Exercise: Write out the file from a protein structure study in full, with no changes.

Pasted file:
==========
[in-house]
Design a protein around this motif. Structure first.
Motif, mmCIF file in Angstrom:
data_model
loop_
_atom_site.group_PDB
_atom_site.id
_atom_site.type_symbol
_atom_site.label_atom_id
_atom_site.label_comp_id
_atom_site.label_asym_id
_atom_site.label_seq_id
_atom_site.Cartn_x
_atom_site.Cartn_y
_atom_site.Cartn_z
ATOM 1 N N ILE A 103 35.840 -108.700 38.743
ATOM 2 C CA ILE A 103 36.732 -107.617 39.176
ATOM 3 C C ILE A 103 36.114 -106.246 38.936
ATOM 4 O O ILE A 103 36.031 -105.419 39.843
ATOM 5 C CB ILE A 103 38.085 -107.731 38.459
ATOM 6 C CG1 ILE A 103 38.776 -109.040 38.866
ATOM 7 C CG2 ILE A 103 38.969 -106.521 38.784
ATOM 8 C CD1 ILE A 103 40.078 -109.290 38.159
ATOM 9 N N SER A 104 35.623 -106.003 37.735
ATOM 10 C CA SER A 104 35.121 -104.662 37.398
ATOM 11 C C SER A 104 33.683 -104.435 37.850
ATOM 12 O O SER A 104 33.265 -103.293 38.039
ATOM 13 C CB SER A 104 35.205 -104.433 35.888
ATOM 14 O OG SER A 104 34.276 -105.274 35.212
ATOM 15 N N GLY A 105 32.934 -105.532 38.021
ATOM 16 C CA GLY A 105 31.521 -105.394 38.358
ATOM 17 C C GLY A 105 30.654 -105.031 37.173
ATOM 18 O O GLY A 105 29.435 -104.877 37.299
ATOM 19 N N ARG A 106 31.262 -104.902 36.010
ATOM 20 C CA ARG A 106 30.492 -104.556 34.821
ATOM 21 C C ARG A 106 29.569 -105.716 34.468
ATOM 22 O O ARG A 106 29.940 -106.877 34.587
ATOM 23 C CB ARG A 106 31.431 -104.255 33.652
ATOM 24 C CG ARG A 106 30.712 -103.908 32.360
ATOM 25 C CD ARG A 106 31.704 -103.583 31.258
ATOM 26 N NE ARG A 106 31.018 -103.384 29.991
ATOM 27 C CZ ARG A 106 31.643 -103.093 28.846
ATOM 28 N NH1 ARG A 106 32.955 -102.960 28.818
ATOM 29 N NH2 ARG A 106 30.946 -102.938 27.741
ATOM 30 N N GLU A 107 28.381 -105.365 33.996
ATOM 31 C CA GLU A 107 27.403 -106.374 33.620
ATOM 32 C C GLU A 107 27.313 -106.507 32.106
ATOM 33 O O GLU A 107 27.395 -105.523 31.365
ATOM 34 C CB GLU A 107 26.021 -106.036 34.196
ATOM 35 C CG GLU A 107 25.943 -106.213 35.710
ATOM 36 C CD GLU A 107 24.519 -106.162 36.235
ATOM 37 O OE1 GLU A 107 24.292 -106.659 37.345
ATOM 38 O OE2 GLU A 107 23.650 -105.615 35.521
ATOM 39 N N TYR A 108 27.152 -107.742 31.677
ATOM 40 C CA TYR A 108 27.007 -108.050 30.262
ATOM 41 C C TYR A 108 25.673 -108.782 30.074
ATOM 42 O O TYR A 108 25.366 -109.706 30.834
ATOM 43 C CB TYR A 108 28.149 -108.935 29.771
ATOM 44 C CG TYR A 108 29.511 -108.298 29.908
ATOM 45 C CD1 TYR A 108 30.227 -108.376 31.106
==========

[in-house]
Design a protein around this motif. Structure first.
Motif, mmCIF file in Angstrom:
data_model
loop_
_atom_site.group_PDB
_atom_site.id
_atom_site.type_symbol
_atom_site.label_atom_id
_atom_site.label_comp_id
_atom_site.label_asym_id
_atom_site.label_seq_id
_atom_site.Cartn_x
_atom_site.Cartn_y
_atom_site.Cartn_z
ATOM 1 N N ILE A 103 35.840 -108.700 38.743
ATOM 2 C CA ILE A 103 36.732 -107.617 39.176
ATOM 3 C C ILE A 103 36.114 -106.246 38.936
ATOM 4 O O ILE A 103 36.031 -105.419 39.843
ATOM 5 C CB ILE A 103 38.085 -107.731 38.459
ATOM 6 C CG1 ILE A 103 38.776 -109.040 38.866
ATOM 7 C CG2 ILE A 103 38.969 -106.521 38.784
ATOM 8 C CD1 ILE A 103 40.078 -109.290 38.159
ATOM 9 N N SER A 104 35.623 -106.003 37.735
ATOM 10 C CA SER A 104 35.121 -104.662 37.398
ATOM 11 C C SER A 104 33.683 -104.435 37.850
ATOM 12 O O SER A 104 33.265 -103.293 38.039
ATOM 13 C CB SER A 104 35.205 -104.433 35.888
ATOM 14 O OG SER A 104 34.276 -105.274 35.212
ATOM 15 N N GLY A 105 32.934 -105.532 38.021
ATOM 16 C CA GLY A 105 31.521 -105.394 38.358
ATOM 17 C C GLY A 105 30.654 -105.031 37.173
ATOM 18 O O GLY A 105 29.435 -104.877 37.299
ATOM 19 N N ARG A 106 31.262 -104.902 36.010
ATOM 20 C CA ARG A 106 30.492 -104.556 34.821
ATOM 21 C C ARG A 106 29.569 -105.716 34.468
ATOM 22 O O ARG A 106 29.940 -106.877 34.587
ATOM 23 C CB ARG A 106 31.431 -104.255 33.652
ATOM 24 C CG ARG A 106 30.712 -103.908 32.360
ATOM 25 C CD ARG A 106 31.704 -103.583 31.258
ATOM 26 N NE ARG A 106 31.018 -103.384 29.991
ATOM 27 C CZ ARG A 106 31.643 -103.093 28.846
ATOM 28 N NH1 ARG A 106 32.955 -102.960 28.818
ATOM 29 N NH2 ARG A 106 30.946 -102.938 27.741
ATOM 30 N N GLU A 107 28.381 -105.365 33.996
ATOM 31 C CA GLU A 107 27.403 -106.374 33.620
ATOM 32 C C GLU A 107 27.313 -106.507 32.106
ATOM 33 O O GLU A 107 27.395 -105.523 31.365
ATOM 34 C CB GLU A 107 26.021 -106.036 34.196
ATOM 35 C CG GLU A 107 25.943 -106.213 35.710
ATOM 36 C CD GLU A 107 24.519 -106.162 36.235
ATOM 37 O OE1 GLU A 107 24.292 -106.659 37.345
ATOM 38 O OE2 GLU A 107 23.650 -105.615 35.521
ATOM 39 N N TYR A 108 27.152 -107.742 31.677
ATOM 40 C CA TYR A 108 27.007 -108.050 30.262
ATOM 41 C C TYR A 108 25.673 -108.782 30.074
ATOM 42 O O TYR A 108 25.366 -109.706 30.834
ATOM 43 C CB TYR A 108 28.149 -108.935 29.771
ATOM 44 C CG TYR A 108 29.511 -108.298 29.908
ATOM 45 C CD1 TYR A 108 30.227 -108.376 31.106